It is always intriguing to see the various materials they used as 'inserts', and that 'net' is amazing. I can't imagine how that was done. It's definitely a nice addition to the overall effect, but linen will be a good substitute. (I wonder if Aida cloth would also work.) I assume those are Josephine rings on the final chain?

    I was quite relieved that you have put this on the back burner! It will obviously take some time!

  4. Admirable how you figured out how to get the small ring on the top! I like this piece, but it would take a LOT of time for sure!
    Fox : )

  5. You amaze me, Gina! I have a tough time getting through reading one of those old patterns, so I've never tried actually tatting one. I love the way you show the original plate and then your version. Your work is beautiful as always!

  6. Oh, Gina, that's amazing to get even this far. On closer inspection the netting looks like filet to me although it also looks as if it's been 'embroidered' on. I tried that years ago and it's not easy to do the embroidery and get it 'right'. Well, I didn't find it easy!!! Well done, I take my hat off to you for your persistence.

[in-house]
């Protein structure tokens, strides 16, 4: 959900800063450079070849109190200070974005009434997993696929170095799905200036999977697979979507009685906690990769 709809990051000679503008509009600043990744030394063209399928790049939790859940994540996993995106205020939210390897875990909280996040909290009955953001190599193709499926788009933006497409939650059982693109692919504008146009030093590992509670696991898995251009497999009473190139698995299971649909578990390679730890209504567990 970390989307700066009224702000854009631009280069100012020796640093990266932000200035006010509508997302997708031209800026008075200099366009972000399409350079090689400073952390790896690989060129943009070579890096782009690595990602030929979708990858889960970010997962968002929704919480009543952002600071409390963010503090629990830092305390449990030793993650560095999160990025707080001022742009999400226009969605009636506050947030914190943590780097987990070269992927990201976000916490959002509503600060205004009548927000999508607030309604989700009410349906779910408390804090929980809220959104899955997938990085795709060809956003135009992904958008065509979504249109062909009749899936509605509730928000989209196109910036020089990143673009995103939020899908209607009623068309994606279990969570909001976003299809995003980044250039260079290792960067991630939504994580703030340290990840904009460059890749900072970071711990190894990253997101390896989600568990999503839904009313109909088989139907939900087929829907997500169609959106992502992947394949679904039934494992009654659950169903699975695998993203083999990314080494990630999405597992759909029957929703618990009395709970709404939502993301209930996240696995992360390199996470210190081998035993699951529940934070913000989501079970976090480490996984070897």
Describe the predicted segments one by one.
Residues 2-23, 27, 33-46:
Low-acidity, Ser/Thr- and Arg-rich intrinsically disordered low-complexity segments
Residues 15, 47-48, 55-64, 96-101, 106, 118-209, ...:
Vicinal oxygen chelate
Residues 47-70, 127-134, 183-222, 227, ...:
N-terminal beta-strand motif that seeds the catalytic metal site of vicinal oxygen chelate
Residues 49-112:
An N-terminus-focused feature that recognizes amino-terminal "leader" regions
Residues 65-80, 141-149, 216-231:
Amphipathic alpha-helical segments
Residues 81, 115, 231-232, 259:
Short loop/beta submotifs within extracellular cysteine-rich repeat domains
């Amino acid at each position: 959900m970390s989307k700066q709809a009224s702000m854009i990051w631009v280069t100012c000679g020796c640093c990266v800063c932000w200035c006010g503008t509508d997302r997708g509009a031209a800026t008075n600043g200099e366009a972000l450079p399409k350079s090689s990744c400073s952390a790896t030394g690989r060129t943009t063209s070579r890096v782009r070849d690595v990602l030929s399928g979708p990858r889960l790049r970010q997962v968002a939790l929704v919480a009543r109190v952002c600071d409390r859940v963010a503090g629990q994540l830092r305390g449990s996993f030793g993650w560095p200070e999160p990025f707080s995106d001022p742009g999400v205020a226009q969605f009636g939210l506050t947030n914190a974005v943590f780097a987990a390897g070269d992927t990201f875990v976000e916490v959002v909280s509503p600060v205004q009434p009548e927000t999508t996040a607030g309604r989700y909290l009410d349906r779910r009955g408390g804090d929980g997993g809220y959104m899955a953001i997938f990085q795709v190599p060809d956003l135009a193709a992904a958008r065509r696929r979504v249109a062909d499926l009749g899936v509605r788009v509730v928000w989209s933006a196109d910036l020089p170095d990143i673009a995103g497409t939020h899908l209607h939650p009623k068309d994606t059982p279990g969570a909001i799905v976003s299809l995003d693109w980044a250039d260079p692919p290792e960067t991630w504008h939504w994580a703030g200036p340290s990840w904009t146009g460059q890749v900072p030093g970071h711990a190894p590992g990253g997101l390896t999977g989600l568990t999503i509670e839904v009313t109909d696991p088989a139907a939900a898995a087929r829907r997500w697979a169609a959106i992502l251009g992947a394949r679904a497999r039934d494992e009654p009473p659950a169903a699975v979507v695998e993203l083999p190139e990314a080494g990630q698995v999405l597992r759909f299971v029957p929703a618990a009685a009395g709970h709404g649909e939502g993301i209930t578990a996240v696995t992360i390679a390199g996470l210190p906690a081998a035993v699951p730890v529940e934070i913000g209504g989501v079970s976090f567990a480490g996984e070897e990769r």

7. Well done, it looks difficult and although its not easy to do some of these old patterns I do take my hat off to you for your patience.
    I look forward to seeing how you get on.

  8. This is a beautiful motif and it looks daunting to me!
    You certainly are ambitious.
    About the netting,while I'm pretty sure you could use tulle,I believe what was used was English or Swiss cotton netting. It's quite popular in heirloom sewing and expensive. I have gotten a small and therefore not too expensive piece from The Lacemaker at Tat Days. I have always thought that was the most attractive way to add tatting to clothing.

  9. beautiful the blue thread and nice the motif!

  10. Uh Doh. I just realized I did not look at your picture and read and comprehend your post before I posted. The net insert is not Cotton Netting. It is handmade netting that is then embroidered(sort of the same technique as needle lace or drawn thread work.)For an example The book "Butterick's Tatting and Netting"shows the netting on a metal frame being prepared for embroidery. I believe this book is available as a download from one of the antique library services. I got mine from Georgia.

  11. the tiny little ring in the centre is gorgeous...and I hope you stay cool and that you had a great Labor Day!